The Road To Machu Picchu: Day One

The Road To Machu Picchu is a four-part series that chronicles my exploits travelling form Cusco, Peru to the mountain of Machu Picchu, an ancient site built by the Incas that is preserved and protected by the government of Peru and UNESCO as a World Heritage Site.

My Machu Picchu adventure began in the city of Cusco on the chilly Saturday morning of October 12th. The city is a huge tourist destination thanks to its proximity to Machu Picchu and architectural heritage. Many pre-Colombian streets and buildings are still in use today such as various Incan ruins and a small alleyway known as Loreto where one can touch the foundation of a building laid down by Incans centuries ago.

My friend and I woke up incredibly early, grabbed our bags and were escorted out the door by our Couchsurfing host Willy. Willy helped us set up our trip to M.P. through the Inka Jungle Trail, a four-day, three-night hike from Cusco to Machu Picchu and back. Luckily for us, our host was also an employee of a travel agency and took care of everything we needed for our trip other than the fee.

We met our tour guide Ricardo who introduced us to our group before we hopped in the van and took off to the town of Ollantaytambo.

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Ollantaytambo, Peru

Our time there was brief as our actual destination was the peak of the Abra De Malaga pass located more than 4300 meters/14k+ feet above sea level. Our purpose: a four-hour bike ride through the road that follows the pass through the mountains ending in the town of Santa Maria.

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Nearly 14, 000 feet above sea level close to the peak of Abra De Malaga

We arrived at the top of the pass where we were so high up that we actually watched clouds and fog form inches in front of our faces and above our heads.

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It’s hella foggy outside!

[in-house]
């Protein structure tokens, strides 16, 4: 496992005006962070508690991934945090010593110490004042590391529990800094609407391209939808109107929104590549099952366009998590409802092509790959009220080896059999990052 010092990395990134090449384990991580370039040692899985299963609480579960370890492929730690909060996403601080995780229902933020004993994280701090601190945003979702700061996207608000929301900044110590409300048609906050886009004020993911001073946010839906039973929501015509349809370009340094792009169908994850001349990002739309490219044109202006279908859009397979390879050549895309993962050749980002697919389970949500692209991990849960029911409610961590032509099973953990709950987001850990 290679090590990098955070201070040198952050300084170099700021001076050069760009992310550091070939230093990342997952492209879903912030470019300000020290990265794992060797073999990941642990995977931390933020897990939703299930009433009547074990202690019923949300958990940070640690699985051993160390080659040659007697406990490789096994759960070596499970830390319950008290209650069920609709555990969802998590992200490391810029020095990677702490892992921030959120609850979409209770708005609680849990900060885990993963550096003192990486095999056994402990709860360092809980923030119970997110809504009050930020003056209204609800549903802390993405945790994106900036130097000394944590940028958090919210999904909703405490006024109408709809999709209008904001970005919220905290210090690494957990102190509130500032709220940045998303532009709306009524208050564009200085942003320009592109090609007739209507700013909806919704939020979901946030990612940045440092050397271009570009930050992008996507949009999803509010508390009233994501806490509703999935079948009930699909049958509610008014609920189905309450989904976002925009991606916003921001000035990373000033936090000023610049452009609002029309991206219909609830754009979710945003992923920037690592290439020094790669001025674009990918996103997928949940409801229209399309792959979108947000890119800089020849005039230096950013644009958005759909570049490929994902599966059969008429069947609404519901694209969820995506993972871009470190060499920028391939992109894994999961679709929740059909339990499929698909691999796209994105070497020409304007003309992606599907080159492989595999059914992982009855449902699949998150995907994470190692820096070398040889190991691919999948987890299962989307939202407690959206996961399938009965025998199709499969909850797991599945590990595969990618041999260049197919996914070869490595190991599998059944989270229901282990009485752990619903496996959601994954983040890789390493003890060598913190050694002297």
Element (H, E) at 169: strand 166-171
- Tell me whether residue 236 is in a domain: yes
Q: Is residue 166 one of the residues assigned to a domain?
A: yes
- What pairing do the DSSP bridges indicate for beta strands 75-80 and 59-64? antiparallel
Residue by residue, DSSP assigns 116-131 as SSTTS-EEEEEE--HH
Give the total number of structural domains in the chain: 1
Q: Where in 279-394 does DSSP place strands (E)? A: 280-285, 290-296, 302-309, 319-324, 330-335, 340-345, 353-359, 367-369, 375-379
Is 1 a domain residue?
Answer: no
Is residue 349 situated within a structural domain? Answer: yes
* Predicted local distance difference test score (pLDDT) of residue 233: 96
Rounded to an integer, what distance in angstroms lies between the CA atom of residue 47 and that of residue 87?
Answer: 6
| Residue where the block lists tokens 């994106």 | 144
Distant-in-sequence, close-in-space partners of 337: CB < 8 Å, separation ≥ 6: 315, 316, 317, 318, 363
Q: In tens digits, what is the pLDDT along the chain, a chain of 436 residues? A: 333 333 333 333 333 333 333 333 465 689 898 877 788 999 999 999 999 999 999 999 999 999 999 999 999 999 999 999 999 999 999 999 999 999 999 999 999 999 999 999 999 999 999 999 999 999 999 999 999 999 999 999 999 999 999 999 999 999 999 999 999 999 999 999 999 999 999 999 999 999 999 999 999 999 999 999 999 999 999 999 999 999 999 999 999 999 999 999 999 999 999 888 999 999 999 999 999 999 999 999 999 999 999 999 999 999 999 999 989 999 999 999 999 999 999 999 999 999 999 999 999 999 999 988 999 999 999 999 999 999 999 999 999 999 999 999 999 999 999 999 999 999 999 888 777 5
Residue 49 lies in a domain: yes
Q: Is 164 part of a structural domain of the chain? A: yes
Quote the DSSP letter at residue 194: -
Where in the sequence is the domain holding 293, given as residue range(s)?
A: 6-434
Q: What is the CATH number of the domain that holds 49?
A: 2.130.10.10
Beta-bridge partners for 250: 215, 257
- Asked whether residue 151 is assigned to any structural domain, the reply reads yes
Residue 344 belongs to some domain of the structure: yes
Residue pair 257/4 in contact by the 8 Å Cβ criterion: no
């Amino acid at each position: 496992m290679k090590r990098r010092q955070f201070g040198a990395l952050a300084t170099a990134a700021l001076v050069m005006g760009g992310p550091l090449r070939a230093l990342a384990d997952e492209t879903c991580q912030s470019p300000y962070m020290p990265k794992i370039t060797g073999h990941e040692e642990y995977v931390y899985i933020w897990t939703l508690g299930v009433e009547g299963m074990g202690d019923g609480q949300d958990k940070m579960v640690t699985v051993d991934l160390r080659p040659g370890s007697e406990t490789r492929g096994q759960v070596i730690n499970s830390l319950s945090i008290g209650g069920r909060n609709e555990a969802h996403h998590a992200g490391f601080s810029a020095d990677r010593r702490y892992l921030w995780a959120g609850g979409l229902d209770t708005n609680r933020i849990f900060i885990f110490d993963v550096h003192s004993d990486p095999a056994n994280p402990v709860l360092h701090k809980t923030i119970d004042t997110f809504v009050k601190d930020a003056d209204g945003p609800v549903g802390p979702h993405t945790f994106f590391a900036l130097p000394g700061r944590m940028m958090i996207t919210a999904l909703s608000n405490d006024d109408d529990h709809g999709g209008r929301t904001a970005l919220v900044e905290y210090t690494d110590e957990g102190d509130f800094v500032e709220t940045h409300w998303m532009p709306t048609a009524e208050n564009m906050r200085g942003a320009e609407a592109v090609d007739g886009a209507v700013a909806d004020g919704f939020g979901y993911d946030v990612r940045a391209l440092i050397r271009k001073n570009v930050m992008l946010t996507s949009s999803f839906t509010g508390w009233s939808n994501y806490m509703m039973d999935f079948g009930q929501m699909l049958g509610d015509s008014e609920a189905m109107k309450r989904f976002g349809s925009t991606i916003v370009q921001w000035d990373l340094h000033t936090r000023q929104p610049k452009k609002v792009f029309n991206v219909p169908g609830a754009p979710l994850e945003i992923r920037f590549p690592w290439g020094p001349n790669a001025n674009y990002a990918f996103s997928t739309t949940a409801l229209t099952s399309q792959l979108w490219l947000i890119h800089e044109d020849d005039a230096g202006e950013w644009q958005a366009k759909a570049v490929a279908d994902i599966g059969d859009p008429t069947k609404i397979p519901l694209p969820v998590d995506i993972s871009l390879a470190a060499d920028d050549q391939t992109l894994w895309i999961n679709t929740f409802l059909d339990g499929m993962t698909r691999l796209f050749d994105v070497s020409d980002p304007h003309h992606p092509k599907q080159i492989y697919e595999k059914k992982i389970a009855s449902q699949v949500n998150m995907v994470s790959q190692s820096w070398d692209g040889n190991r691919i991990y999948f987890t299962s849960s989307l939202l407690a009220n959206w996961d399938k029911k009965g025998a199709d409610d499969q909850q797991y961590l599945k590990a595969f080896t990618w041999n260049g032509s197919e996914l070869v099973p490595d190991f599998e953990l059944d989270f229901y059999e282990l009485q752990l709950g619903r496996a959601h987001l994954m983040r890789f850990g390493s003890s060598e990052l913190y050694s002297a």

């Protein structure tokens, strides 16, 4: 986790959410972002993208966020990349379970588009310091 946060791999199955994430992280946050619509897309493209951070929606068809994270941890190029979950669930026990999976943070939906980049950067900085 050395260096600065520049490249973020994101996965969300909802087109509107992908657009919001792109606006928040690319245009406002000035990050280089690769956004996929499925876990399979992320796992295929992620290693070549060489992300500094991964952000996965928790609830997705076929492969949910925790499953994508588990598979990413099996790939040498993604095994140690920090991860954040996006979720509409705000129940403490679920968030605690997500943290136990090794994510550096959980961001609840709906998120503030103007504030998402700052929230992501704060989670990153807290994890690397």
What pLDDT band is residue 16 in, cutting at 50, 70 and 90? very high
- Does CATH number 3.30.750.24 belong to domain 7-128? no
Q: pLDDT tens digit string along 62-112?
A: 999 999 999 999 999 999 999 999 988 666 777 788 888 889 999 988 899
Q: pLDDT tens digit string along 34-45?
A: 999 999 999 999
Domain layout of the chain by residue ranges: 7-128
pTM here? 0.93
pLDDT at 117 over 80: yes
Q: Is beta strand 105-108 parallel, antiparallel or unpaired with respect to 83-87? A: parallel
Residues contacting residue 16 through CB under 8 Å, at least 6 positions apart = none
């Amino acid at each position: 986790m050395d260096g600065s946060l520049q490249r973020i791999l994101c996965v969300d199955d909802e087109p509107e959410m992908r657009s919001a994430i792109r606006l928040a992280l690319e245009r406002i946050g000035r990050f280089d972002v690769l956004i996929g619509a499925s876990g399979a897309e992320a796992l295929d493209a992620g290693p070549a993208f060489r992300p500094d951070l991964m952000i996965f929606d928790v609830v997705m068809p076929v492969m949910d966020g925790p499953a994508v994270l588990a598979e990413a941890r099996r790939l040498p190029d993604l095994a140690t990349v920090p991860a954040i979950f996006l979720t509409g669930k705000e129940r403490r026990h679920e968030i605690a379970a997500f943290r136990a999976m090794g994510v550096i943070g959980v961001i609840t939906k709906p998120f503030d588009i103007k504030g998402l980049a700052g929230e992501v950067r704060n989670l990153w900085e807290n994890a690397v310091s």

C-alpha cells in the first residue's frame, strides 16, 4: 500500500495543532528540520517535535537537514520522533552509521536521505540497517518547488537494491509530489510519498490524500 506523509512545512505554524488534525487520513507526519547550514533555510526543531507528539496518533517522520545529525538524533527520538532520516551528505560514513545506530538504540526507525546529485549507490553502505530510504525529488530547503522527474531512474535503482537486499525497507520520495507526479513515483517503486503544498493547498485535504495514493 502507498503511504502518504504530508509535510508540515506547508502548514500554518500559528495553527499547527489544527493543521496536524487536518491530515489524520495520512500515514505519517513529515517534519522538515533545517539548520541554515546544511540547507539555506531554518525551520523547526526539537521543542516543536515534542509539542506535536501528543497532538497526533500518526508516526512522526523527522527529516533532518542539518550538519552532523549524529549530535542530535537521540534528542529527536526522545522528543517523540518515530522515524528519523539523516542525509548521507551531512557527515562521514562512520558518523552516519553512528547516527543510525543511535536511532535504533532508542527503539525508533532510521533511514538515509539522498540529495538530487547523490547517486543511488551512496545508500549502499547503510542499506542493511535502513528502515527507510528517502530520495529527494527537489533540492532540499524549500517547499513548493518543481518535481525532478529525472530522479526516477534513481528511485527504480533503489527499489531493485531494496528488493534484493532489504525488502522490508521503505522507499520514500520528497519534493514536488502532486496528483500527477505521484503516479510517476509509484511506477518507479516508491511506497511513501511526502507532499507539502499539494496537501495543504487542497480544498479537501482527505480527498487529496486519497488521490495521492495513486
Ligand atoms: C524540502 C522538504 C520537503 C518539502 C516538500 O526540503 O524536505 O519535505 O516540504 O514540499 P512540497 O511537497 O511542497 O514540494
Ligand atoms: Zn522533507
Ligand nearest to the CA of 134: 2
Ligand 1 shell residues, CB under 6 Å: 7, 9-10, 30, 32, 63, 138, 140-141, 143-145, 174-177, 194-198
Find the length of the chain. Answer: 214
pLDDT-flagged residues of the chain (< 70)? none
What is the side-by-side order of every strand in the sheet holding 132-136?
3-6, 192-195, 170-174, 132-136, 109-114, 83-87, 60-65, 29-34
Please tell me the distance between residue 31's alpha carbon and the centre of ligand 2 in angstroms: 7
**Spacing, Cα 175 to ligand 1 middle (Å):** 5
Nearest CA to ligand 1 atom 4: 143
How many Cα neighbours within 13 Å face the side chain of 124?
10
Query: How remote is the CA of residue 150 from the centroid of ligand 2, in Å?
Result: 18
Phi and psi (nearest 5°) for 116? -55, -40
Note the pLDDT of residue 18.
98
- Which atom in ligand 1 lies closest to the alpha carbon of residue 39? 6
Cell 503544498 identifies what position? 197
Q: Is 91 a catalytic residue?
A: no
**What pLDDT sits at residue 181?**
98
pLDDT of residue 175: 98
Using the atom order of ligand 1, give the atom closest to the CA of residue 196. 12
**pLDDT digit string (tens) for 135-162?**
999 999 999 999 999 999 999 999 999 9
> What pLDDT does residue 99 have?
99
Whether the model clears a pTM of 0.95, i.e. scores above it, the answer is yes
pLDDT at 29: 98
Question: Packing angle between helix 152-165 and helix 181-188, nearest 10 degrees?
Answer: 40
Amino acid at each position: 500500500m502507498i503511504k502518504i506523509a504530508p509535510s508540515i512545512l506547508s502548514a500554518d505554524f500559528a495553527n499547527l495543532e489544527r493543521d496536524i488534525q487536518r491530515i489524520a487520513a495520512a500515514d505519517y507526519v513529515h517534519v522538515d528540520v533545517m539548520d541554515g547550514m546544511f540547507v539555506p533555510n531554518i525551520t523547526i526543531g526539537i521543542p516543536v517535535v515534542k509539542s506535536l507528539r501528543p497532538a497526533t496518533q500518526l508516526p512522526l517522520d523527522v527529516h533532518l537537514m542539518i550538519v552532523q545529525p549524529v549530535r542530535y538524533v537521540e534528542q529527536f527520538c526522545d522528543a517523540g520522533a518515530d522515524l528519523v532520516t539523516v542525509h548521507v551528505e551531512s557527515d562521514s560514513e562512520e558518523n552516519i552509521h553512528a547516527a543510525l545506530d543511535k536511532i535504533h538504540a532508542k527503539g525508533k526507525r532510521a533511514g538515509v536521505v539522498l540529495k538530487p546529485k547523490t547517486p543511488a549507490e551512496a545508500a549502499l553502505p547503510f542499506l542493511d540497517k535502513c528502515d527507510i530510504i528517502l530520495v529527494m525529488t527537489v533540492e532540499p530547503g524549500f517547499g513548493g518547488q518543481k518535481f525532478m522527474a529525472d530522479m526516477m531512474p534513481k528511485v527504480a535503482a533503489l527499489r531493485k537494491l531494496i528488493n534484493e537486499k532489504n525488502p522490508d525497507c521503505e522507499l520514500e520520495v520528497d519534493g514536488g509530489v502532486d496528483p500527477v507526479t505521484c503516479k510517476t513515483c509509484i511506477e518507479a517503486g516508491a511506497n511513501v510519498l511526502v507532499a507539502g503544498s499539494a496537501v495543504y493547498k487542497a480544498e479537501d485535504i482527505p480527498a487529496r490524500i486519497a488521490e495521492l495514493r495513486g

Ricardo passed out protective gear to everyone, gave us a crash course on not crashing while riding our mountain bikes (much appreciated!) and then we were off on our three-to-four hour bike ride downhill through the Andes Mountains!

The view down the pass is absolutely gorgeous and changes from lush, mountain greenery at the top to more tropical flora and weather at the bottom. I nearly fell into the drainage ditch on the side of the road a dozen times as I was distracted by the beautiful scenery that surrounded me.

The ride began with cold weather and an overcast sky. We rode for about a half-hour before Ricardo pulled us to the side of the road for photo opportunities as well as a lesson in Incan/pre-Incan folklore. Incans believed that rainstorms are caused by the tears of the the creator god Viracocha.

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The calm before the storm of the rain god’s tears

“Esta lloviendo,” said one of the guys from Argentina in our group, “it’s raining.”

“Solo esta chispiando,” said Ricardo, “it’s only sprinkling.”

Apparently, Viracocha’s rainstorms always begin as light drizzle because we were pelted for nearly an hour by raindrops the size of golf balls not two minutes after we took off again down the winding mountain pass. My glasses fogged up inside my helmet, my jeans and legs were soaked, there wasn’t a single part of my body that wasn’t wet save for the part of me covered by my windbreaker. We passed through a portion of the road that reminded me of the Lord of the Rings thanks to the massive walls of jagged rocks that jutted out over both sides of the road.

The rain eventually ceased and the sun mercifully revealed itself through a break in the clouds. We eventually reached the midpoint of our ride and our clothes had (mostly) dried by then.

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A marker on the side of the road

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Abra De Malaga

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Once drenched, now dry, still in a good mood!

Sidenote: I had to leave those boots behind in Peru because I had no room for them in my pack.